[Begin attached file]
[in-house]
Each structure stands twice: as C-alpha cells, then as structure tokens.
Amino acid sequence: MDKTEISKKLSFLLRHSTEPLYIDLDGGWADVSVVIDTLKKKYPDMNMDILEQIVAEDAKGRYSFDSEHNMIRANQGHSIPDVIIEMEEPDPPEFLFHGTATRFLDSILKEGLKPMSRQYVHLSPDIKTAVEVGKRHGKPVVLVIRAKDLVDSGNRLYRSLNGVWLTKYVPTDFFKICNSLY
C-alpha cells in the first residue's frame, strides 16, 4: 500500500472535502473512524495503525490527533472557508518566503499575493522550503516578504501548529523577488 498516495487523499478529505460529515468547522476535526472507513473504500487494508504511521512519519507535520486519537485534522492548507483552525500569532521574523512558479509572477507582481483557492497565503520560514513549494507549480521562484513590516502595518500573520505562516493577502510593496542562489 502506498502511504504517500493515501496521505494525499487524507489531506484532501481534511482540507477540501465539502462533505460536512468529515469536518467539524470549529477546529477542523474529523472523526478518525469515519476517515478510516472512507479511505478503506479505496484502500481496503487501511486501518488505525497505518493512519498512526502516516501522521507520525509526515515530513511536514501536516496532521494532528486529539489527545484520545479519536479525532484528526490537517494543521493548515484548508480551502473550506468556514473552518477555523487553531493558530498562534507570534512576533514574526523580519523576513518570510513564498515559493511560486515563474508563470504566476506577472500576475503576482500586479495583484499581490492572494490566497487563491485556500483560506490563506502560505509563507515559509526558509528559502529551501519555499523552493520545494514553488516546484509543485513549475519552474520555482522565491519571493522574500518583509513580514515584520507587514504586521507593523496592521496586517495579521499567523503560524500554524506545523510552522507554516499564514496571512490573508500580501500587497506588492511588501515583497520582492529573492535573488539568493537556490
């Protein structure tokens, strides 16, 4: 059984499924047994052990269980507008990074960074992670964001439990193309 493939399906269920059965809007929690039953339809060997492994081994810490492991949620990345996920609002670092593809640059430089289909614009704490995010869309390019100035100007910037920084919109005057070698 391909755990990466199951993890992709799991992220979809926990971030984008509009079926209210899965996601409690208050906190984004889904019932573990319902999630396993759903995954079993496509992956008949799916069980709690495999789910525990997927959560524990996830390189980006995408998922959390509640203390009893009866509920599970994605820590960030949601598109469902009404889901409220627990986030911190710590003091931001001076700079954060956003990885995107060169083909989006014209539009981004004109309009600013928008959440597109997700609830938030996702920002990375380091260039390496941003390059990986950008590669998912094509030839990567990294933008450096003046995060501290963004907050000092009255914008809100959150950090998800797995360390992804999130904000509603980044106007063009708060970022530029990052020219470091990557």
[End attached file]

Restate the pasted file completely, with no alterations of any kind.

[in-house]
Each structure stands twice: as C-alpha cells, then as structure tokens.
Amino acid sequence: MDKTEISKKLSFLLRHSTEPLYIDLDGGWADVSVVIDTLKKKYPDMNMDILEQIVAEDAKGRYSFDSEHNMIRANQGHSIPDVIIEMEEPDPPEFLFHGTATRFLDSILKEGLKPMSRQYVHLSPDIKTAVEVGKRHGKPVVLVIRAKDLVDSGNRLYRSLNGVWLTKYVPTDFFKICNSLY
C-alpha cells in the first residue's frame, strides 16, 4: 500500500472535502473512524495503525490527533472557508518566503499575493522550503516578504501548529523577488 498516495487523499478529505460529515468547522476535526472507513473504500487494508504511521512519519507535520486519537485534522492548507483552525500569532521574523512558479509572477507582481483557492497565503520560514513549494507549480521562484513590516502595518500573520505562516493577502510593496542562489 502506498502511504504517500493515501496521505494525499487524507489531506484532501481534511482540507477540501465539502462533505460536512468529515469536518467539524470549529477546529477542523474529523472523526478518525469515519476517515478510516472512507479511505478503506479505496484502500481496503487501511486501518488505525497505518493512519498512526502516516501522521507520525509526515515530513511536514501536516496532521494532528486529539489527545484520545479519536479525532484528526490537517494543521493548515484548508480551502473550506468556514473552518477555523487553531493558530498562534507570534512576533514574526523580519523576513518570510513564498515559493511560486515563474508563470504566476506577472500576475503576482500586479495583484499581490492572494490566497487563491485556500483560506490563506502560505509563507515559509526558509528559502529551501519555499523552493520545494514553488516546484509543485513549475519552474520555482522565491519571493522574500518583509513580514515584520507587514504586521507593523496592521496586517495579521499567523503560524500554524506545523510552522507554516499564514496571512490573508500580501500587497506588492511588501515583497520582492529573492535573488539568493537556490
């Protein structure tokens, strides 16, 4: 059984499924047994052990269980507008990074960074992670964001439990193309 493939399906269920059965809007929690039953339809060997492994081994810490492991949620990345996920609002670092593809640059430089289909614009704490995010869309390019100035100007910037920084919109005057070698 391909755990990466199951993890992709799991992220979809926990971030984008509009079926209210899965996601409690208050906190984004889904019932573990319902999630396993759903995954079993496509992956008949799916069980709690495999789910525990997927959560524990996830390189980006995408998922959390509640203390009893009866509920599970994605820590960030949601598109469902009404889901409220627990986030911190710590003091931001001076700079954060956003990885995107060169083909989006014209539009981004004109309009600013928008959440597109997700609830938030996702920002990375380091260039390496941003390059990986950008590669998912094509030839990567990294933008450096003046995060501290963004907050000092009255914008809100959150950090998800797995360390992804999130904000509603980044106007063009708060970022530029990052020219470091990557």